It took me a little while to get through this… not that I wasn’t in love with the story, but I did find that it didn’t completely grab me like the other books I’ve recently read by Sands. Once I got halfway through the book though, I was completely hooked into it. I mean, you knew that Valoree and Daniel were going to end up together, so it wasn’t such a get hooked into it book… but once I got there… wow. I just demolished it.
I really wasn’t expecting this kind of wedding. I knew that something was bound to go wrong because it’s in a collection of stories about supernatural weddings, and they’re never simple. But I really wasn’t expecting cursed pirates, a con man and being thrown overboard.
Men are stupid. To be fair, so are women. But in this story… men are stupid. And seriously dude, stop being so damn ignorant and love thy wife. We do not want money, we want our man. That’s it, rant over. This was actually an amazing novella. But I still left it thinking that men are kind of stupid. And need a bit of a kick up the butt to restore their brain cells.
I really loved the moral questions that this novella posed. What do you do when you have the power of cloning? And, to begin with that question is just asked in a purely conservational role. And then it takes a darker, twistier turn that was distinctly uncomfortable. But it also worked into a really sweet romance (in the end, when all the twisty bits were sorted).
One of the most frustrating things that I tend to find about paranormal romance stories are that you don’t really find out how they live their lives after they ride off into the sunset, happily ever after. It’s all well and good to have that amazing story about passion and fire and those first, loving moments together when everything finally fits. But that isn’t entirely realistic… there is another kind of love, when the fiery passions become a slow burn that continues over the years. So the fact that there is a novella about Mina and Rhys 8 months after they get married… I was much happier and more settled in their happiness.
To start with I was a bit maybe not about this story. the lead male was just so damn possessive… and well, quite frankly irritating. He couldn’t even begin to imagine being told no. By anyone. Let alone the woman he’s fixated on. I love a lover who is a little possessive and protective… but not one that is so possessive that his partner is a possession rather than, well, a partner. In the first few chapters, Rhys actually made me want to put this book down. But, as the story developed, I steadily fell more and more in lust with him. Found him more and more enthralling and wanted to read the story far more keenly than I had anticipated.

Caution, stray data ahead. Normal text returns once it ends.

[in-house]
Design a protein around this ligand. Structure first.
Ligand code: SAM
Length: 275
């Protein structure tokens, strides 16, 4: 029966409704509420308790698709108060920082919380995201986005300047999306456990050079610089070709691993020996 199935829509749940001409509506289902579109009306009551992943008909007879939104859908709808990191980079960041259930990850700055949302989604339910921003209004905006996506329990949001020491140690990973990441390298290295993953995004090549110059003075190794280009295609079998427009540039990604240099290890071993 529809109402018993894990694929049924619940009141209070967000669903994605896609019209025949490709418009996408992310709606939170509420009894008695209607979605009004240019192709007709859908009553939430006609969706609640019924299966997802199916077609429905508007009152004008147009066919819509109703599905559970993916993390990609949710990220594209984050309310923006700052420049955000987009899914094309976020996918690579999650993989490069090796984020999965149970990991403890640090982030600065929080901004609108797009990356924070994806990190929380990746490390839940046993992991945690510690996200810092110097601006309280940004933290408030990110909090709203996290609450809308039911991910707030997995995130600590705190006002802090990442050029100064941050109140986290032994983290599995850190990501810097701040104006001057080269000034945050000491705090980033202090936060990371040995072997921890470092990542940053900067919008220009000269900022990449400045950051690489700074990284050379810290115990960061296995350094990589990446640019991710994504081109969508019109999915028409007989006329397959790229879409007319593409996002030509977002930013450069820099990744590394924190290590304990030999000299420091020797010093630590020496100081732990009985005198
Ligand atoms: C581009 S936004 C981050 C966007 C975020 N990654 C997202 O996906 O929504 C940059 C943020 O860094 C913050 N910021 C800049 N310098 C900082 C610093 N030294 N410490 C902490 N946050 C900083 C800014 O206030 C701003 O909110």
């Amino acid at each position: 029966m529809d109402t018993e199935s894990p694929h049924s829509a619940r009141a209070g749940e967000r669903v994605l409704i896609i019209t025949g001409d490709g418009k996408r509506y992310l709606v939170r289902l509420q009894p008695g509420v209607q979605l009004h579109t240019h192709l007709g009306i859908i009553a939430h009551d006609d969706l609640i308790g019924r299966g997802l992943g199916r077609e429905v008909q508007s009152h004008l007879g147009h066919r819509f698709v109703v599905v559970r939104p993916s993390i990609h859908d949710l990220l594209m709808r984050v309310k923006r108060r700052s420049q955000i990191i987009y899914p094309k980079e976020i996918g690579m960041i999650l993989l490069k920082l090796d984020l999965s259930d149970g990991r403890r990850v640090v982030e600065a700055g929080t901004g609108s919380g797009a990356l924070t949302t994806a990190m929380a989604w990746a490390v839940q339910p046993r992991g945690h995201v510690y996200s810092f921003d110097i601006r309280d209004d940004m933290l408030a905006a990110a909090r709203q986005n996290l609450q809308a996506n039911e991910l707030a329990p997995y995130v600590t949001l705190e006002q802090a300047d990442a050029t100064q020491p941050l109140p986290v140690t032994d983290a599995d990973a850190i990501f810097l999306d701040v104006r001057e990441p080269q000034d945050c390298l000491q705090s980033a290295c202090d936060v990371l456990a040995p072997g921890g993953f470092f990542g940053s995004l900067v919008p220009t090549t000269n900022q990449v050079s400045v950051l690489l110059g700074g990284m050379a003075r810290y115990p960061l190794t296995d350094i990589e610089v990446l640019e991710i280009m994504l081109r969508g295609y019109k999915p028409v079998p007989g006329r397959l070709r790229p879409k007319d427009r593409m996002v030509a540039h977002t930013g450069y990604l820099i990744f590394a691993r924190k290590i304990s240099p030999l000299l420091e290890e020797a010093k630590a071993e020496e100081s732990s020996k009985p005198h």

I can’t stop thinking about this novella! It combines steampunk, pirates and romance. There is so much passion, humour and grit to the tale. Not only is it impossible to put down, it is also impossible to forget. I might have ordered most of the books in the series when I was only halfway through, but I still have to wait for the dang things…
This is a fun little short story, and it provides a great background into the idea of bounders in the realm of The Iron Seas. Constable Newberry seems to be kind of a bastard at the beginning. One that tricked a woman into marrying him for the worst possible reasons. And one that you kind of want his come-uppance to happen to.
This is one of those books that both my sister and I completely love. To the point that the only reason I haven’t read it in the last three, four years is because she’s had it almost permanently on her bookshelf. Like I said, we both absolutely love it. Which is why it was so much fun finally getting it back from her to have a good read. And, with the joys of being a little more of a developed reader (and hopefully, writer) and just having a few more years of maturity to my years… it was interesting how different my reactions to a story that I have long loved are.